Every Monday, Wednesday and Friday, they have to clean out the garbage accumulated on the eaves and this is where they have to perform the aerial trapeze act.  Every Tuesday, Thursday and Saturday, they have to clean the elevator lobby and the fans.  After a few years of work, the forty-something-year-old Ah Chun looks like she is in her 60's.  "I'm going to become a little old lady soon.  When I first arrived, I weighed 138 pounds.  I now weigh 110 pounds."  I joked that this was the most effective slimming method, but her facial expression told me that this was a stupid joke.

On each shift, they have to punch in and out.  That makes six times across the three shifts.  At 11:30am, she completes her first shift.  She gets out of her hopelessly filthy uniform and goes to the market to buy food to cook for her unemployed husband.  She takes a bath and changes into her second set of uniform.  Then she heads back to work again.

She has no time to watch over her children.  One day, she went home at noon and found her eldest son standing outside the door.  The younger brother and sister were having a big fight inside.  Another worker Ah King went home and found feces on her son and on the floor.  The child had lost control of his bowels and opened the drawers to look for some pants to change into.  Actually, mom was the one who was rueful: "His penmanship is terrible.  For as long as I have been in Hong Kong, I have never held his hand to guide him to write.  When I think about the child, I could cry."

Second Shift: 13:00 - 16:30

Ah Chun and her partner wipe the windows in the lobby of each hall.  In a 3-1/2-hour period, they can do eight floors at the most.  They will get done with the whole building in five days.  Next week, they will be mopping the floors.  The week after, they will go back to wiping the windows.  This is repeated again and again.  "Wiping windows is tough on the fingers," said Ah Chun.  "I don't have the strength to hold chopsticks when I eat."  "Big Sister" will pick a floor in any building and wipe the window with a paper towel.  If there is any dust, she will say, "Do this one over!"

Recently, they found out that the company was only making pension contributions of HK$190 per month, which is equivalent to a monthly salary of HK$3,800.  At HK$6,000, the company should be making pension contributions of HK$600.  "The outsourcing company is cheating us out of our hard-earned money," said Ah Chun.  "Sometimes, I wonder why I came to Hong Kong."

The second shift is over.  Ah Chun goes and shops for more food to make dinner.  The children are not back from school yet.  Why is her husband just standing around watching?  "He is a macho man."  Regardless of how busy she is, she insists on making soup at least once a week.  "One time, I was just too tired and I fell asleep.  The soup boiled until all the water had evaporated.  The neighbor had to pound on the door and yell, 'Fire!'"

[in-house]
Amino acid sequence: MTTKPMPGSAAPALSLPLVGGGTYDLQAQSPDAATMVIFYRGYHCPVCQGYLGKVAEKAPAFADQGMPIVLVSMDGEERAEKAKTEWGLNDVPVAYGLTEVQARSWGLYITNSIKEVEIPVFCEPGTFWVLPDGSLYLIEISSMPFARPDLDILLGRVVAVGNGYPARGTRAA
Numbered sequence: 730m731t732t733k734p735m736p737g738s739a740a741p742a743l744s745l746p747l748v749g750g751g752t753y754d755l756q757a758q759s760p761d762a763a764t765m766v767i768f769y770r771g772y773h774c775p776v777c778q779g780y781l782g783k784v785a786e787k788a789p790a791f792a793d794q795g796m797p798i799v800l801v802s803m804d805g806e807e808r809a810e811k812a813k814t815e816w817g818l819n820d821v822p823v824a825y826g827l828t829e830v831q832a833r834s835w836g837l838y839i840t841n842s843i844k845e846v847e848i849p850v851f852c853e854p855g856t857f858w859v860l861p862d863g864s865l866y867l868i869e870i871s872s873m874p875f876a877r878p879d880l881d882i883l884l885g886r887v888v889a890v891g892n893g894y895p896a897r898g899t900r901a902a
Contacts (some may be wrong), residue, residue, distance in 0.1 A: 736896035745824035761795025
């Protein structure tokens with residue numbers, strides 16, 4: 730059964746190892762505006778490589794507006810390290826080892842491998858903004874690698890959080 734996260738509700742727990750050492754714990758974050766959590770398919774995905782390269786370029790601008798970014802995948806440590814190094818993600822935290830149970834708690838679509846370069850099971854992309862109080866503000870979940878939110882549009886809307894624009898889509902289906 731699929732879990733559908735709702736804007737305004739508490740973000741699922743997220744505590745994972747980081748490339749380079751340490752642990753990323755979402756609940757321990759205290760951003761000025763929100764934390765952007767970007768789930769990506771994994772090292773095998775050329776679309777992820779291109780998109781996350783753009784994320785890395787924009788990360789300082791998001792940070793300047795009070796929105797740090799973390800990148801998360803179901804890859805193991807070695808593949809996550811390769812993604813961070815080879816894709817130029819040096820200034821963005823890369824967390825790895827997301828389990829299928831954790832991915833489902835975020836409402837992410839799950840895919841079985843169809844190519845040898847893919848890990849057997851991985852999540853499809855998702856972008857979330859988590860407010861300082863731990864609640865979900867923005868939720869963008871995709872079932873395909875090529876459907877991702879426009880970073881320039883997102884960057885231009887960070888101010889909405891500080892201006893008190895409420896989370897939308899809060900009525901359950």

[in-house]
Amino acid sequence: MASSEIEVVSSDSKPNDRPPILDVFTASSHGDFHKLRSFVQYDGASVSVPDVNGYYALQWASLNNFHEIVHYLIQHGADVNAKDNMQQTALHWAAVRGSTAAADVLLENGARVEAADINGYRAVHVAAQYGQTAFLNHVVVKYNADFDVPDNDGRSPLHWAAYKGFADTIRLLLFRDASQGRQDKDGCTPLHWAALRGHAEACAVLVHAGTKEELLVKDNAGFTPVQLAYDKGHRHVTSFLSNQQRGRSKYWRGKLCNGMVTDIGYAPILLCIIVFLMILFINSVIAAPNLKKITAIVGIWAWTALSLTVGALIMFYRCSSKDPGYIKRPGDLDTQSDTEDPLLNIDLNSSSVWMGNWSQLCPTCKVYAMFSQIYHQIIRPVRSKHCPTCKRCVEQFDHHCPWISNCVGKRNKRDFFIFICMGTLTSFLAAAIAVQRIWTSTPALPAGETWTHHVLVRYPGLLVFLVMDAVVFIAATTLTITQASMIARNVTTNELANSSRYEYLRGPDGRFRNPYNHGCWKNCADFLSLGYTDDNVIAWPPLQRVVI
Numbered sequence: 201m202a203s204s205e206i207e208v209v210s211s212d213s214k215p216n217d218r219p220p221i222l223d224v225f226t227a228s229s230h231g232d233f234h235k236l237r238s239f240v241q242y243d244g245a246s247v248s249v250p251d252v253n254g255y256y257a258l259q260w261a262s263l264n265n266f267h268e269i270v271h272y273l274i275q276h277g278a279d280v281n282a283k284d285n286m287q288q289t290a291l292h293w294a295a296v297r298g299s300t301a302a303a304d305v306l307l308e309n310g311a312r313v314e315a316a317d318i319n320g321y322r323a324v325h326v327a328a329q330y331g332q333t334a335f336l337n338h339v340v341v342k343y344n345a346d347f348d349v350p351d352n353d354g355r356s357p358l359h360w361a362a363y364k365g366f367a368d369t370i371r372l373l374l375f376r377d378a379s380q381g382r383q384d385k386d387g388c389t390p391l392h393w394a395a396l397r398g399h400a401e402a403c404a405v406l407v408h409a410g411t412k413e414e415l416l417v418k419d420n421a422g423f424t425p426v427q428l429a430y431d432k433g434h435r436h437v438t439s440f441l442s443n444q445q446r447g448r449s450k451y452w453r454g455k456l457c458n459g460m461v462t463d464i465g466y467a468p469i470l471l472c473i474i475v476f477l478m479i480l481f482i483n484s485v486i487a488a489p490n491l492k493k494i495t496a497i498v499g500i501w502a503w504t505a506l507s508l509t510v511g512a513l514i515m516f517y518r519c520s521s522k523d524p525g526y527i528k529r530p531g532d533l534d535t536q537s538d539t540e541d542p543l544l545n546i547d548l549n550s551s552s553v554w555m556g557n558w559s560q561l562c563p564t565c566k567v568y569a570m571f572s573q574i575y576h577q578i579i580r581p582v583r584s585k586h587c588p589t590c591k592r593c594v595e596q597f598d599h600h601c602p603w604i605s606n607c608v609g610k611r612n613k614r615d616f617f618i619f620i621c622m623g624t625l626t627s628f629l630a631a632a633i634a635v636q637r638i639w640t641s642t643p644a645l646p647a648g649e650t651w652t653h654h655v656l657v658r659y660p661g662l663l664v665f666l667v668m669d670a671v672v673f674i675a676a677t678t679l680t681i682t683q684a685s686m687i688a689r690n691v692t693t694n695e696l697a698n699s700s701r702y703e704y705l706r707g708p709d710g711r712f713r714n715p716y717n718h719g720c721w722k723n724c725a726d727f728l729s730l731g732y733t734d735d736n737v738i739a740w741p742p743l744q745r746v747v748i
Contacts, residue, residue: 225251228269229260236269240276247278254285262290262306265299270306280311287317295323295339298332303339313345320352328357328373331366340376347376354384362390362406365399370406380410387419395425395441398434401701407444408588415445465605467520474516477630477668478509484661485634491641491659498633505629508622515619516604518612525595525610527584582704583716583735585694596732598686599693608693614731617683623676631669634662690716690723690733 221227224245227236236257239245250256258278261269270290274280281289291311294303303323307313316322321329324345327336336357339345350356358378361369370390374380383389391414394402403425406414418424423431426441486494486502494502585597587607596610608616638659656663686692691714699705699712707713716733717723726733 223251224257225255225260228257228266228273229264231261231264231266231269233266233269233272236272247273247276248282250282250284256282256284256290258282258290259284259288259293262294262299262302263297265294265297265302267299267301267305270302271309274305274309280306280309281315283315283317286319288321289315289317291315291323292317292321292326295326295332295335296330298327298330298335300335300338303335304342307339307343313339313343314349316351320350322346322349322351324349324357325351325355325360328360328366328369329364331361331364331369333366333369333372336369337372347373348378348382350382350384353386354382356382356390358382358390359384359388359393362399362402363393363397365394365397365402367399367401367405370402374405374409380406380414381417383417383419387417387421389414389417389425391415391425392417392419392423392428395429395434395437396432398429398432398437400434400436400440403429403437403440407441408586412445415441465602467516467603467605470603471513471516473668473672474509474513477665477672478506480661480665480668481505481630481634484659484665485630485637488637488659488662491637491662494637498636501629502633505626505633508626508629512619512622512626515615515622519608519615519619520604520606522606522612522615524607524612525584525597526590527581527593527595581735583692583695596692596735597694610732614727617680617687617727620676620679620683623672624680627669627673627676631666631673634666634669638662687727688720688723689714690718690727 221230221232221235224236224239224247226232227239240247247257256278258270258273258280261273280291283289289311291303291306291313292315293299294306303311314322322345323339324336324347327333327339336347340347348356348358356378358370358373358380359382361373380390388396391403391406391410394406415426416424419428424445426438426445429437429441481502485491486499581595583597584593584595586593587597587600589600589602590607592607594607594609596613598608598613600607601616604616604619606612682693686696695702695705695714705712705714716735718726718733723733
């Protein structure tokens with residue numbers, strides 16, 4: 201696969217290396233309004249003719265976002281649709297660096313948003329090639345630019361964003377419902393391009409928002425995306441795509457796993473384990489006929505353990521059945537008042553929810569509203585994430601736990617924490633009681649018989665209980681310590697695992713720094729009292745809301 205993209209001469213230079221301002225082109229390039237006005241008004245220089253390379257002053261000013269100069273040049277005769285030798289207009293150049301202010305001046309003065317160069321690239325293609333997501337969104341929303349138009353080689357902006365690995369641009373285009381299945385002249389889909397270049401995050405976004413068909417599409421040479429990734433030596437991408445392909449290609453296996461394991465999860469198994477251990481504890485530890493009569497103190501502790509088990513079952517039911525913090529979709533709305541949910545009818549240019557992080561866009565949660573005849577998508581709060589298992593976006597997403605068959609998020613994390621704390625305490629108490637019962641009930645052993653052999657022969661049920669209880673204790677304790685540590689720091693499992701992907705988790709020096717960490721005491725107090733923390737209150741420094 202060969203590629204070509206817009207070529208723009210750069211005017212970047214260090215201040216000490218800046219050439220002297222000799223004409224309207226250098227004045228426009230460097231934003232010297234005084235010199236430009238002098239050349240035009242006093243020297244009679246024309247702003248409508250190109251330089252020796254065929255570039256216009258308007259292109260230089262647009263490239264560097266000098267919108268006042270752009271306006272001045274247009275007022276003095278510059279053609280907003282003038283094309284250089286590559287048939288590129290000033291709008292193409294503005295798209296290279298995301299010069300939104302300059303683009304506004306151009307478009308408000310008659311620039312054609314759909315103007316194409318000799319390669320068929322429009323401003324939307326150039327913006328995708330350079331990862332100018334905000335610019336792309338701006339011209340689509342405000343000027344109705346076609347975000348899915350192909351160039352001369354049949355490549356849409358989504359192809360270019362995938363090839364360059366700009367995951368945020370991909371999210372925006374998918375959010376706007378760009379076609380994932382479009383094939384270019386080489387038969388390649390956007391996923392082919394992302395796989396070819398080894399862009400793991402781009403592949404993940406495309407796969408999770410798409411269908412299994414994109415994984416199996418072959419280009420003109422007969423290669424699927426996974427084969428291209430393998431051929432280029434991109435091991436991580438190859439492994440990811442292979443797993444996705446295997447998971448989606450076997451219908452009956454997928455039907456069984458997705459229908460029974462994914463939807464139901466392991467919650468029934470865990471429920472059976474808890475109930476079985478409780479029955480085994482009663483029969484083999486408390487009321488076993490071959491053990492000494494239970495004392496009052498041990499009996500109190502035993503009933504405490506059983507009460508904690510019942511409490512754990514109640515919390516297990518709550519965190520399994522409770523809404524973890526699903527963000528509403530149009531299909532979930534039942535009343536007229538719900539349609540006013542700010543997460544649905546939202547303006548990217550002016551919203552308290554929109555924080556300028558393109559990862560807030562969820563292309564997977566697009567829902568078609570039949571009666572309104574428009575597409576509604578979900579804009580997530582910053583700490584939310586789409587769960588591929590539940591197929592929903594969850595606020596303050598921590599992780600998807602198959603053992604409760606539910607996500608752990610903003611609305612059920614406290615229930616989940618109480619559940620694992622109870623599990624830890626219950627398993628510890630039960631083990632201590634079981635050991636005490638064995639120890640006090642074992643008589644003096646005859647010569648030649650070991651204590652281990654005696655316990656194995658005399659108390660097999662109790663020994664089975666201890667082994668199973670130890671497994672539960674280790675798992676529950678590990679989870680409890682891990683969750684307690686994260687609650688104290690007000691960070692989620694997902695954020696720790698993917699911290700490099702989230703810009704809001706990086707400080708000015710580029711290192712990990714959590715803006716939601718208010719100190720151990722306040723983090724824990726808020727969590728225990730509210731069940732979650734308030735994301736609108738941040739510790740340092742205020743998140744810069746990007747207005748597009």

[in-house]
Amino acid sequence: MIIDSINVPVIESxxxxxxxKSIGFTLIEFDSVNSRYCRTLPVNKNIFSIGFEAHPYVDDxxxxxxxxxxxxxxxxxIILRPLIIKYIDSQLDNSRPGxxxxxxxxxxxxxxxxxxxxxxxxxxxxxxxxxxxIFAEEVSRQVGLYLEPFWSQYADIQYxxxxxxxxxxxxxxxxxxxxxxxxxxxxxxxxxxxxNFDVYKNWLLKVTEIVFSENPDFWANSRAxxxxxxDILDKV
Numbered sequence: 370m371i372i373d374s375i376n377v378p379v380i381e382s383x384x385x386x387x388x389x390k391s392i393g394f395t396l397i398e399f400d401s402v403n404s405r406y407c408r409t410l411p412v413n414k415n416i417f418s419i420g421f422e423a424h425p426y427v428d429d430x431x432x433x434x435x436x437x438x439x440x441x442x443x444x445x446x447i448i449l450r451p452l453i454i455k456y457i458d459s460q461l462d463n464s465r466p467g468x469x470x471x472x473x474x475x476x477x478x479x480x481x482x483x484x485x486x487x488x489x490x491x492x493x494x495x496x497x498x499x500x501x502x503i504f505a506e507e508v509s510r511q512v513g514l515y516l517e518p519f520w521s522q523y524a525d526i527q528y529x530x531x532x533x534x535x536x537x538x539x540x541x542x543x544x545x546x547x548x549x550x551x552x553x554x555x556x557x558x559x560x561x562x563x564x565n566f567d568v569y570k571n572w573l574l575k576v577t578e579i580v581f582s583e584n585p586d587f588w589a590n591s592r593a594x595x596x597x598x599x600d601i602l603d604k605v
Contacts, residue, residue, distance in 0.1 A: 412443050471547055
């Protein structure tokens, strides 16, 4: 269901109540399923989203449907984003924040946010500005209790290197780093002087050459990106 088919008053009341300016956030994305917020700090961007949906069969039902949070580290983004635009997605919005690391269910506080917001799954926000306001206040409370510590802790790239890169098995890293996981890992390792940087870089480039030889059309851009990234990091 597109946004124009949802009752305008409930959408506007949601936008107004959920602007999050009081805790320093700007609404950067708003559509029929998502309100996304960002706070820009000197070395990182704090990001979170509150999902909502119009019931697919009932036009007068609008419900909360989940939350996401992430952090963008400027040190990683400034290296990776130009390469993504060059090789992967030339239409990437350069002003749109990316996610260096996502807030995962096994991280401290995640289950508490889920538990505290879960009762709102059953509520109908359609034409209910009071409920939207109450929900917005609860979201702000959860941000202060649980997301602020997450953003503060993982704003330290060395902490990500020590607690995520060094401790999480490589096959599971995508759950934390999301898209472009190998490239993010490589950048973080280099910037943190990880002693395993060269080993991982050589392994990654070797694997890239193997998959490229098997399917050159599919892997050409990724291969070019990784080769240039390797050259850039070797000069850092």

Third Shift: 19:30 - 23:30

She bathes again.  But since the company only issued two sets of uniform per person, she has to go in plainclothes on the third shift in the evening.  She takes out the garbage a second time.  Ah Chun handles the top floors (floor 20 to floor 40) while her partner handles the lower floors (floor 1 to floor 19), and then they meet up again in the garbage room downstairs.

They rarely take time off.  In her memory, one worker's 90-something-year-old mother-in-law in the mainland was ill and she asked for a day off -- a day off meant the eight hours in the first two shifts and then she hurried back to work the third shift or else she would have to pay the company HK$70 back.  The four hours in the third shift was only worth HK$40 in wages!  This is an amount that not even a mathematics professor can figure out, but the outsourcing company came up with it.

How about complaining?  Big Sister would demand their letter of resignation instead.  Ah Chun is worried about her job and she asks the reporter not to name the housing estate or the outsourcing company.  Ah King says, "We are in sad shape.  When you have no money, you are in sad shape."

After getting off the third shift, Ah Chun takes another bath.  The children whom she had not seen all day are already asleep.  Ah King does not know if her son went to school.  The lunch money on the desk is still there ... the teacher calls: "Your son did not go to school."  "If I work like this, how will I bring up a good son?"

But the day has not yet ended, because it is still necessary to do the laundry (including the two uniforms for tomorrow).  She also has to wash the dishes.  Why can't she get the children to do that?  "I am lucky if they don't break the dishes and cut themselves."  She lies down in bed.  But she is over-fatigued and she could not fall asleep.  She sleeps only four to five hours each night.  After those four to five hours, another three shifts are waiting ...